Might Cam Newton consider retirement if he doesn't return to Patriots in 2021?

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Darren Hartwell
·2 min read
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There's one option for Newton in 2021 that's flying under the radar originally appeared on NBC Sports Boston

We may have to tweak the question of "Where will Cam Newton play in 2021?" to "Will Cam Newton play in 2021?"

The New England Patriots quarterback has been one of the NFL's worst starting QBs in 2020, ranking 32nd among 35 signal-callers in passing yards per game (181) with just five passing touchdowns to 10 interceptions.

Those numbers won't help Newton's stock entering 2021 free agency. And if New England decides to go another direction under center, The MMQB's Albert Breer sees a world in which the 31-year-old doesn't play at all next season.

"He's not the player he was before," Breer said Sunday on NBC Sports Boston's "Patriots Pregame Live." "He's not the thrower he was, and I think that's normal coming back from a shoulder injury, but beyond just that, what exacerbates the problem is he's not the same athlete. So, you add those two things together, and you have a player who's going to have to remake himself if he's going to play again.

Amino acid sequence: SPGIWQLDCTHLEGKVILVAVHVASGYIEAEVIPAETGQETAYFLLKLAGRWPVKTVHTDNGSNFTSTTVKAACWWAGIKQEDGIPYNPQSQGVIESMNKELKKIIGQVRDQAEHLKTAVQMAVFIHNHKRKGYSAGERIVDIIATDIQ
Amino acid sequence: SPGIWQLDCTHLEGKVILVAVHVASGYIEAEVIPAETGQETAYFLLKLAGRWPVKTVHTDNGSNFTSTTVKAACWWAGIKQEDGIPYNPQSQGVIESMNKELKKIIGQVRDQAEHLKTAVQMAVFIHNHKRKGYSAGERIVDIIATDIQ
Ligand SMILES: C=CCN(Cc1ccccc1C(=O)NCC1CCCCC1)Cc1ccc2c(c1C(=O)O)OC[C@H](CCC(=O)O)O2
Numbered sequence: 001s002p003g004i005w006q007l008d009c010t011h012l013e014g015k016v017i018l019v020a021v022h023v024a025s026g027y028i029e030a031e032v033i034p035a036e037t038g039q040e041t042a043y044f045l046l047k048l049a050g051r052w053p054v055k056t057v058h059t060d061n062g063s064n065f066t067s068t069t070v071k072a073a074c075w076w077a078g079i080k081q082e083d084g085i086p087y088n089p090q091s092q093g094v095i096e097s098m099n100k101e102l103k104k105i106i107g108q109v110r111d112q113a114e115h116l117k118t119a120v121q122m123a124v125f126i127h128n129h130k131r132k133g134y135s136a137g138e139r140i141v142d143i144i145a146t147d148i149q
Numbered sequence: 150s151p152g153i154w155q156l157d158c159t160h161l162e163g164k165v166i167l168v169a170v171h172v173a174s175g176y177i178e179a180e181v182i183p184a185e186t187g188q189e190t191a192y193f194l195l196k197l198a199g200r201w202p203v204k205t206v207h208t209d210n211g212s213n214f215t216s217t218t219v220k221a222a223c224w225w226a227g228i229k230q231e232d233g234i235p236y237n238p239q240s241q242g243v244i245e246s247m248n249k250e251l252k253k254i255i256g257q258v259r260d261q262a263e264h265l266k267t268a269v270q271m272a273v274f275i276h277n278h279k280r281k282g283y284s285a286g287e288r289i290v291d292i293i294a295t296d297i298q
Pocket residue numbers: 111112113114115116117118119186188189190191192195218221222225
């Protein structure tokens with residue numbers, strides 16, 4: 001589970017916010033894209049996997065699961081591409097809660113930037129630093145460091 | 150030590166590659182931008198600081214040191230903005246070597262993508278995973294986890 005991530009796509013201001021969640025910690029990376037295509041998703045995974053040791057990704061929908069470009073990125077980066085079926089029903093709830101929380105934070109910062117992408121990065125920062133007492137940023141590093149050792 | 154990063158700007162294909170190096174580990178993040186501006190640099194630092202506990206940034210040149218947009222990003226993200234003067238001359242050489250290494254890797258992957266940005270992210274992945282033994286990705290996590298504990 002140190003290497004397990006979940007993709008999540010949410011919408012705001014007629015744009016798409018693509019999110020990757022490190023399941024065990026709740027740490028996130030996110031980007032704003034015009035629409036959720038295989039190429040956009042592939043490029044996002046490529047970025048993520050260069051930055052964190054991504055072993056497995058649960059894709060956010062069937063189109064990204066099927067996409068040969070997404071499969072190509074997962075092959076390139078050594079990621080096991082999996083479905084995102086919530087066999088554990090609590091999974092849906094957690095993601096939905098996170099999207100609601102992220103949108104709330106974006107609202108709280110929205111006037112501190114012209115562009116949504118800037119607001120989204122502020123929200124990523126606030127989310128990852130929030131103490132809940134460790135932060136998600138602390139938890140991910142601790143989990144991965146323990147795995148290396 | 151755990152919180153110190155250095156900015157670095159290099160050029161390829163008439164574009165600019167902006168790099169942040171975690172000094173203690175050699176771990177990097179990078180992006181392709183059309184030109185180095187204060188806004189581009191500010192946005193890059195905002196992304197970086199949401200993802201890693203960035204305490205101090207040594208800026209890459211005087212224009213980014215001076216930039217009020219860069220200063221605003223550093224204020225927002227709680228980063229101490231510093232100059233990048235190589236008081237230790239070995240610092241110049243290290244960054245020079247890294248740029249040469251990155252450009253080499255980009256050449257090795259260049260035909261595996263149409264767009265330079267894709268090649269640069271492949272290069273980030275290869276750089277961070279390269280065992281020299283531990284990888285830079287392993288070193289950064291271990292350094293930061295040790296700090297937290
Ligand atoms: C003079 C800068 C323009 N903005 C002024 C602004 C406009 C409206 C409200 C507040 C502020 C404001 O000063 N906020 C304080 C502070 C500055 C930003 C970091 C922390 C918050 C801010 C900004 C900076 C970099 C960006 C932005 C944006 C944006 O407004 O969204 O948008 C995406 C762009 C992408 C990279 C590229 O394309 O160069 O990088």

"I don't know how much of a market there is going to be for him outside New England and Washington. It's going to be interesting to see, because it might come down to whether Cam is willing to fight his way onto a roster in 2021, and if that's a question he's asking himself, I'm not so sure retirement wouldn't be on the table."

This season hasn't been a complete lost cause for Newton, who ranks second in the NFL with 11 rushing touchdowns and has helped the Patriots win six games thanks to his legs and flashes of production in the passing game.

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But Newton has been more of a glorified running back than a legitimate starting QB this season, and it's fair to wonder whether a team would consider signing him in 2021 after seeing his latest body of work.

Newton has given no public indication he's considering calling it quits after 2020, and the three-time Pro Bowler and former NFL MVP may still believe he can lead a team at QB next season. That said, he turns 32 next May and has a significant beating over his NFL career, so it's worth at least considering retirement as a possibility for Newton next spring.